Aristotle's Forms

  • Created by: nelliott
  • Created on: 14-06-21 15:23

The Background to the Forms

  • Aristotle dates: 384 BC – 322 BC
  • Aristotle opened his book Metaphysics with the words “all men desire to know” which reflected his fascination with learning about and understanding the world 
  • Dante called Aristotle  “master of those who know” 
  • Aristotle was Plato’s pupil for 20 years and he profoundly disagreed with his teacher over the Forms, saying “Plato is dear to us, but truth is more dear”
  • He was born fifteen years after Socrates’ death so did not feel the same way as Plato about him
  • He believed that you can achieve knowledge through examining evidence and that knowledge rests on careful observation and reflection
  • He believed that knowledge was not just intellectual i.e. playing an instrument, fixing a car etc. needs a practical specialist
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What are Aristotle's Forms?

  • He believed strongly in things having a cause and effect and was most interested in why things exist as they do
  • He rejected Plato’s idea that things have an ideal Form
  • He argued that things do have a form but not in the Platonic sense of that form being a copy of an ideal Form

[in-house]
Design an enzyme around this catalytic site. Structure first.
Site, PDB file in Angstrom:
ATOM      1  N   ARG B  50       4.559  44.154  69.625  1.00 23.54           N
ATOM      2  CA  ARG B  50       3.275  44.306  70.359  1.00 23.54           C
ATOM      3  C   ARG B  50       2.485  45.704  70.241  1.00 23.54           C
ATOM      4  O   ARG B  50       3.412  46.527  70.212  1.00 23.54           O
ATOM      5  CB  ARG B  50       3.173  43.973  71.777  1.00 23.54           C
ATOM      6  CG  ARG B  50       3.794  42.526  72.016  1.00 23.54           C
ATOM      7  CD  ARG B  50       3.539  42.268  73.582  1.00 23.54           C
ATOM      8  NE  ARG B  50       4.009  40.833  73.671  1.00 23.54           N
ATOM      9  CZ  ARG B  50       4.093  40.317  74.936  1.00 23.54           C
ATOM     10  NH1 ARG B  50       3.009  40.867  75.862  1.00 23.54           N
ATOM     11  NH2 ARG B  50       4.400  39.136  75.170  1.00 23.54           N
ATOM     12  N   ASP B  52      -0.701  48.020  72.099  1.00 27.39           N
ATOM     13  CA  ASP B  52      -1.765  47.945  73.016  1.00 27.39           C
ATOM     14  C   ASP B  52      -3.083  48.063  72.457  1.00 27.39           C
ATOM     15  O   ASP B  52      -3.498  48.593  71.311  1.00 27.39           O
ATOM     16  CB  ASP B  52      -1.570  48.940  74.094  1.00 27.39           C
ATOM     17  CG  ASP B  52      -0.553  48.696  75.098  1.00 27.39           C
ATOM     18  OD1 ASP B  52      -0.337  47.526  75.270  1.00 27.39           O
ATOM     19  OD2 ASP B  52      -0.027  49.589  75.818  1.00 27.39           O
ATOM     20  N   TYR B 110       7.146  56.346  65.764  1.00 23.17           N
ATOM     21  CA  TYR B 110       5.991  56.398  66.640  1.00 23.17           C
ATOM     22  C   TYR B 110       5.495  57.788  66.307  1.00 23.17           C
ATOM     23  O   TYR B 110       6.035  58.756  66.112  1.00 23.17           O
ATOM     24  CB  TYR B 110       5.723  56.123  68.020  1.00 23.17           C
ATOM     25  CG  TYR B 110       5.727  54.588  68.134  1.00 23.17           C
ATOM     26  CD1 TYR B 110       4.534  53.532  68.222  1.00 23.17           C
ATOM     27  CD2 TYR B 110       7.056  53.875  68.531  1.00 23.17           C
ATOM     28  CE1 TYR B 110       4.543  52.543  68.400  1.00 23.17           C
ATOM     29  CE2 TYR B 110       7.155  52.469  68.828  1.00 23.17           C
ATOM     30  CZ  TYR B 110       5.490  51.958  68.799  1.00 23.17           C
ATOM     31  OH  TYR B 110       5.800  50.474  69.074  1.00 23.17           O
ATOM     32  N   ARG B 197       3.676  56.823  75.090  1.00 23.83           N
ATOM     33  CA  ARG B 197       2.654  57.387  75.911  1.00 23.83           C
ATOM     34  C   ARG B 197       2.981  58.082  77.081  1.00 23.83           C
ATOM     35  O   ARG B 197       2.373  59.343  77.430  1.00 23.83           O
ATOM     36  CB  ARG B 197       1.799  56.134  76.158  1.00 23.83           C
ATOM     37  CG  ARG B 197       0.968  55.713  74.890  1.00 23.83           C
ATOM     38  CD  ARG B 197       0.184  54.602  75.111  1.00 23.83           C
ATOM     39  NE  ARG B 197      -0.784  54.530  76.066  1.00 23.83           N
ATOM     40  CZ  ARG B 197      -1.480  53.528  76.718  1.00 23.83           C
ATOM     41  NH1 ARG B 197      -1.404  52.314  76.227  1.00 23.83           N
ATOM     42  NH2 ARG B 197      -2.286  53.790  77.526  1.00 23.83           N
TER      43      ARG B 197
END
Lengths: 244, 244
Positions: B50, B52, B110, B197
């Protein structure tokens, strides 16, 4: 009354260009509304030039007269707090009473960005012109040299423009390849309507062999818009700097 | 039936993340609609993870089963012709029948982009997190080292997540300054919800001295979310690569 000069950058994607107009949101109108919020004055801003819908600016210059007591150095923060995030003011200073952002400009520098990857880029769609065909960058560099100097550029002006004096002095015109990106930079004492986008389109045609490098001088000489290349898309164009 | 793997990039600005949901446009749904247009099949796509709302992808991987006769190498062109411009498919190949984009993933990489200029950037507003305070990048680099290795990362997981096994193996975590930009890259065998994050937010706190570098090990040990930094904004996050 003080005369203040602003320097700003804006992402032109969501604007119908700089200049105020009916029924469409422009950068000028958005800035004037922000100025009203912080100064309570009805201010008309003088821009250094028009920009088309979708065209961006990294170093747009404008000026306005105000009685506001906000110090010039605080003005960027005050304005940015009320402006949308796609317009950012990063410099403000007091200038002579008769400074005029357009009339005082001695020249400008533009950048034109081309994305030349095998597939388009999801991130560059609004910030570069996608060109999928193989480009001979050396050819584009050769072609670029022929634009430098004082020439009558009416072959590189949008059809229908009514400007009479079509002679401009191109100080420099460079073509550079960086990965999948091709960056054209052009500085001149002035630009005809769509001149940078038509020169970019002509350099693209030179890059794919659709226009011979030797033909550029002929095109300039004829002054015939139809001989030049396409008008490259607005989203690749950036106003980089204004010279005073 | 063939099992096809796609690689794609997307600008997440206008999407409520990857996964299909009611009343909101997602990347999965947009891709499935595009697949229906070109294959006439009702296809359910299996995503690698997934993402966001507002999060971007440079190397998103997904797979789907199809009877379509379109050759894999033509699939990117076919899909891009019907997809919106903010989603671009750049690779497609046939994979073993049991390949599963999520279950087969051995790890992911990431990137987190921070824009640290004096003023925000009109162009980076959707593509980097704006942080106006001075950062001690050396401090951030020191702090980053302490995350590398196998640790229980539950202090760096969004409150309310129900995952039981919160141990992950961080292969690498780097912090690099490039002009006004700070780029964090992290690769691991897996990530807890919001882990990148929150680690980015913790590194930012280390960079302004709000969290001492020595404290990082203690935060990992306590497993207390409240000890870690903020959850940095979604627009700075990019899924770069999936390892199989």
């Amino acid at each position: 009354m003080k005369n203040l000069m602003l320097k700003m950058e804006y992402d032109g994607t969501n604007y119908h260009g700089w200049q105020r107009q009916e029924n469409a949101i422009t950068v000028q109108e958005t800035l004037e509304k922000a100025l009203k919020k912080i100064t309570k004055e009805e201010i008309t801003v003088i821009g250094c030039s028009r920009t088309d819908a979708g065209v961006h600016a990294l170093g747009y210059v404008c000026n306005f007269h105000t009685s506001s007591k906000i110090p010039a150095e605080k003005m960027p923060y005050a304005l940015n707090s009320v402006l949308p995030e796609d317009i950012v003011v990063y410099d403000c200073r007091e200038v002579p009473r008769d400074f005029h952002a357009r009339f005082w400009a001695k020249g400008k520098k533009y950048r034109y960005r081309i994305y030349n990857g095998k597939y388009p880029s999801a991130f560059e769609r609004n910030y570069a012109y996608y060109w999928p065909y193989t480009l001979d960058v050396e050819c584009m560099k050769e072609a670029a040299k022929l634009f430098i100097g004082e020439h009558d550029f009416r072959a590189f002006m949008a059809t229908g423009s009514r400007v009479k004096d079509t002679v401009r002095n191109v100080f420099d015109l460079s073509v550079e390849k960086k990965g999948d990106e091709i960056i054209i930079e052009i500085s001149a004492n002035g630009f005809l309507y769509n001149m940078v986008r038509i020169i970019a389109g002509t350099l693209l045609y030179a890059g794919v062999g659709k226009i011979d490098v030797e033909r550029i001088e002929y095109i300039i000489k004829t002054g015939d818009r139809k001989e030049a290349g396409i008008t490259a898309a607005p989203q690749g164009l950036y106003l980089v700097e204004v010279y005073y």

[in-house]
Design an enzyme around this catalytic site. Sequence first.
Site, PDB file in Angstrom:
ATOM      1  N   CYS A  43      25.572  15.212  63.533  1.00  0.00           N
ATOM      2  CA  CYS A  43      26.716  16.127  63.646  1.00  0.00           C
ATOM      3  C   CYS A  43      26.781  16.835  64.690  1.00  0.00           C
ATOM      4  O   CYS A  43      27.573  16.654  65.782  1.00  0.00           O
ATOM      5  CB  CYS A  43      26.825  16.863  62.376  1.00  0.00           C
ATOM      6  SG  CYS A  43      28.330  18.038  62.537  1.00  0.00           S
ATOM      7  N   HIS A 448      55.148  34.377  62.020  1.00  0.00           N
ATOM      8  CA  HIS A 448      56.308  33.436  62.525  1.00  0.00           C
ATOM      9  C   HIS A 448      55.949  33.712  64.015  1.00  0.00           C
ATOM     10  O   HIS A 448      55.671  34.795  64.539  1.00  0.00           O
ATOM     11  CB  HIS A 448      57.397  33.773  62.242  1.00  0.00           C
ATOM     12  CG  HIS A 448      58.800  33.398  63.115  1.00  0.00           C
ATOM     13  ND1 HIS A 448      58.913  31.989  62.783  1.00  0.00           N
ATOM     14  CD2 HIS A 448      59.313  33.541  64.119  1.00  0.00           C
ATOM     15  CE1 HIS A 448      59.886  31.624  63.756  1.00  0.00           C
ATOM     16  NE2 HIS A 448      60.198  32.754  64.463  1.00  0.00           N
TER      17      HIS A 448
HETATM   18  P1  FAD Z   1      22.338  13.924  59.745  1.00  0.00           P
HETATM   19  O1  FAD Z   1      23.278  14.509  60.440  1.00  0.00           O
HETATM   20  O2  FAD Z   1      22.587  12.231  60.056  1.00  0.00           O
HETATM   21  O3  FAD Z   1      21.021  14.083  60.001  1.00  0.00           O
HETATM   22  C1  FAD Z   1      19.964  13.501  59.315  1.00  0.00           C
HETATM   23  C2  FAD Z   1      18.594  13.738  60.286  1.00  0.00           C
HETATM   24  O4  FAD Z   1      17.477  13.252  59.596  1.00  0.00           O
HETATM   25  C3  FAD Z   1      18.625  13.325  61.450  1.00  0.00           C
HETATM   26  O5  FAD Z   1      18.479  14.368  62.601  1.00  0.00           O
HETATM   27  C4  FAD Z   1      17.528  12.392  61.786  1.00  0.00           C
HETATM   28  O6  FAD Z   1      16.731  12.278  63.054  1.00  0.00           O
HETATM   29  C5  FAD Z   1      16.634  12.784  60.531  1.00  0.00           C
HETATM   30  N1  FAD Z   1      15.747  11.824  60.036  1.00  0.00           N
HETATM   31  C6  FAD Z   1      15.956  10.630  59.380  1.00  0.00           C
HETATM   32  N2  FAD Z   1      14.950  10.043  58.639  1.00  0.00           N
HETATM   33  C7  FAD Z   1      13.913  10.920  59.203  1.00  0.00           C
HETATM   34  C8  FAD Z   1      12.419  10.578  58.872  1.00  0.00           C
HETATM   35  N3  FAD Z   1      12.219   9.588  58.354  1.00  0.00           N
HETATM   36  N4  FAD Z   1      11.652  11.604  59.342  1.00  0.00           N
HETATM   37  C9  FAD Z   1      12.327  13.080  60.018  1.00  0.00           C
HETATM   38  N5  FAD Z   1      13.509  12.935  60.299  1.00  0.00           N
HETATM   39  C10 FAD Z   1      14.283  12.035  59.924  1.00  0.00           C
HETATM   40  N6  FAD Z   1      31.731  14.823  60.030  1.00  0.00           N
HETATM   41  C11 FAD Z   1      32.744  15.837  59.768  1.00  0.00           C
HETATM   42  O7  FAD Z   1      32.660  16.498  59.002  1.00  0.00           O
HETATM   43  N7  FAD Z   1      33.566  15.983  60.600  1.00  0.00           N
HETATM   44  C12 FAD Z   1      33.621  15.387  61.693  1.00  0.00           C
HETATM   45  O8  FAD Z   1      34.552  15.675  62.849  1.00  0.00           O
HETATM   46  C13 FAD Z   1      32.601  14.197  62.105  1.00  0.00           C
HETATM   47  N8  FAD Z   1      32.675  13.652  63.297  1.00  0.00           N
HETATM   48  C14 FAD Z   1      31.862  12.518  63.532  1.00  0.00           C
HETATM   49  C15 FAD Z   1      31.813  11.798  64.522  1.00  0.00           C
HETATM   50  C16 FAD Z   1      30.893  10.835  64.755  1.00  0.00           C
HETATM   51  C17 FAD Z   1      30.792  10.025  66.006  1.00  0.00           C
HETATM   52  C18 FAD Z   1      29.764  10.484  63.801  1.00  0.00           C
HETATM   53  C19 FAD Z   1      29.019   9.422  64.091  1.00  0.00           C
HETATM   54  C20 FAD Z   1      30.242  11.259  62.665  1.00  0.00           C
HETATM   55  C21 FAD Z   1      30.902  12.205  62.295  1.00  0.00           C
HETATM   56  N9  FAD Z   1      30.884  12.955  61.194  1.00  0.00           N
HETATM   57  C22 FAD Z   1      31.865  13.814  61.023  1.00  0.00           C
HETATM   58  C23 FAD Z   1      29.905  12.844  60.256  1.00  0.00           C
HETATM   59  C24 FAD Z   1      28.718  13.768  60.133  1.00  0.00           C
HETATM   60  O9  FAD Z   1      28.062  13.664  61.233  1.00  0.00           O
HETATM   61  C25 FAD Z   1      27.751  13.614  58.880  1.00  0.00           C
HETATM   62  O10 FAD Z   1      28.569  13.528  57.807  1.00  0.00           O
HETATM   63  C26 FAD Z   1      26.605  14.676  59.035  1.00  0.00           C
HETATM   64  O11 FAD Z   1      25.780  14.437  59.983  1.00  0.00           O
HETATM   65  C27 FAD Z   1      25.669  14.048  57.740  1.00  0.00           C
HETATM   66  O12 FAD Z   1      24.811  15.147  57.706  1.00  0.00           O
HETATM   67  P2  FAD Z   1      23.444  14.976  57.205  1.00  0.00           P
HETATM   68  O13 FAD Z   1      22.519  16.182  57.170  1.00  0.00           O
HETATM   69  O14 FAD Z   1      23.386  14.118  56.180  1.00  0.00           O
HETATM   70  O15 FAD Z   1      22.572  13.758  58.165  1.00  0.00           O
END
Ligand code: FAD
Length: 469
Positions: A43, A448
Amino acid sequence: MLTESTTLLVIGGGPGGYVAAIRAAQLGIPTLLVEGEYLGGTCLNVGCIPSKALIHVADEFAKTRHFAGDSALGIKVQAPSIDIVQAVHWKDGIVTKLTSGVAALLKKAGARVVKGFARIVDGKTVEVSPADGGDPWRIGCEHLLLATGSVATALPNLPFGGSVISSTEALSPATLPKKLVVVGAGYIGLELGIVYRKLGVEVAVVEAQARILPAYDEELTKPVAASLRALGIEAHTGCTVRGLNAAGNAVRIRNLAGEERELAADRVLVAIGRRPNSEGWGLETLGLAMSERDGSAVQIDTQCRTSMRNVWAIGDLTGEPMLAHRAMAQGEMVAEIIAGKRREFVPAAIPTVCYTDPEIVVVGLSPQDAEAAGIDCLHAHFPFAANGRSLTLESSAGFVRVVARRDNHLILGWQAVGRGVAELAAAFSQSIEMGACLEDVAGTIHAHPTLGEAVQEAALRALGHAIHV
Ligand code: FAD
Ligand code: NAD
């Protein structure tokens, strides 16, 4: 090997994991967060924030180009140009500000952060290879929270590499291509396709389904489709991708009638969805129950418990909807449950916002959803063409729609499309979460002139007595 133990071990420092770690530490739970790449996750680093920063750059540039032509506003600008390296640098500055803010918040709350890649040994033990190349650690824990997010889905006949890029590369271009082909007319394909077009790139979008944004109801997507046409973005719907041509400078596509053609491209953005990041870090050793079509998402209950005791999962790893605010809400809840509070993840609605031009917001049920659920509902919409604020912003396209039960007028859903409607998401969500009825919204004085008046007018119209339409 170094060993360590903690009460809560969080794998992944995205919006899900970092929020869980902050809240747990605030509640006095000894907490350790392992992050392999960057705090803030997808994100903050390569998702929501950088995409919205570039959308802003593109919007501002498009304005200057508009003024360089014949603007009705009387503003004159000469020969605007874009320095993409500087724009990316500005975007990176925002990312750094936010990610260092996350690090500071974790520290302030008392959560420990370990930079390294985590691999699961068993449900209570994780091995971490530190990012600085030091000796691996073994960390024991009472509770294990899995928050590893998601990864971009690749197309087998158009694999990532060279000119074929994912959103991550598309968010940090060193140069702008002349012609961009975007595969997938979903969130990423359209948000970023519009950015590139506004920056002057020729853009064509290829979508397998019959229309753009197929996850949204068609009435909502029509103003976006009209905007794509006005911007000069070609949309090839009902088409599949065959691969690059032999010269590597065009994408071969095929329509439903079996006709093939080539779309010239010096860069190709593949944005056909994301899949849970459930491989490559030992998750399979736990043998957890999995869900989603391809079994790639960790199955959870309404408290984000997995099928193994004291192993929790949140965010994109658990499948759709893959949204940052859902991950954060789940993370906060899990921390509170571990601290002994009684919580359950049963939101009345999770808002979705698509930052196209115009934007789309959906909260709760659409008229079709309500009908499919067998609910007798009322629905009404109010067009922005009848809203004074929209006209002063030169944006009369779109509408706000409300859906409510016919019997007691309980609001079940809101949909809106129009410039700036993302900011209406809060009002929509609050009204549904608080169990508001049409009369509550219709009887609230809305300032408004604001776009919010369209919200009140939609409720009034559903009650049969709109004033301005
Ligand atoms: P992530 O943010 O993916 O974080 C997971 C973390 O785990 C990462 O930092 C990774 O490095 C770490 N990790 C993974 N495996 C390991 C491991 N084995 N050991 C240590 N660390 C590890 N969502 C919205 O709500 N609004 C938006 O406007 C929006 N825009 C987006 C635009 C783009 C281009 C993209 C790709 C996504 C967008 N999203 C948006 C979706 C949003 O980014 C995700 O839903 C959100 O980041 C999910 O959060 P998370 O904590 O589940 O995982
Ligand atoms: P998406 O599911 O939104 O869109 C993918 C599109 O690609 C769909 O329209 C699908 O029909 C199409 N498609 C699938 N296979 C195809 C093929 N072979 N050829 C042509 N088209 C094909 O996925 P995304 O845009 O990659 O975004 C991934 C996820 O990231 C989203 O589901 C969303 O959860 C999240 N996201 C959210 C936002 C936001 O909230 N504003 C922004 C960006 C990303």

• This led him to suggest that there are four different types of cause or explanation of why any object exists 
  • These are known as the ‘Four Causes’
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The Four Causes

Material – what something is made of. Without this, something could not exist (physical ‘stuff’)

Formal – a chair is what it is because it is in the form of a chair – shape, wood, metal etc. Each chair has its own form

Efficient – what brings an object about i.e. a chair maker. It could be a natural phenomenon but something would not exist without it

Final – purpose for which a thing exists. All of nature has a purpose and each body part does too. You can’t think each part has a purpose but that as a whole it does not. Neither nature nor people do things for no reason at all. There is a driving force; a final cause behind them

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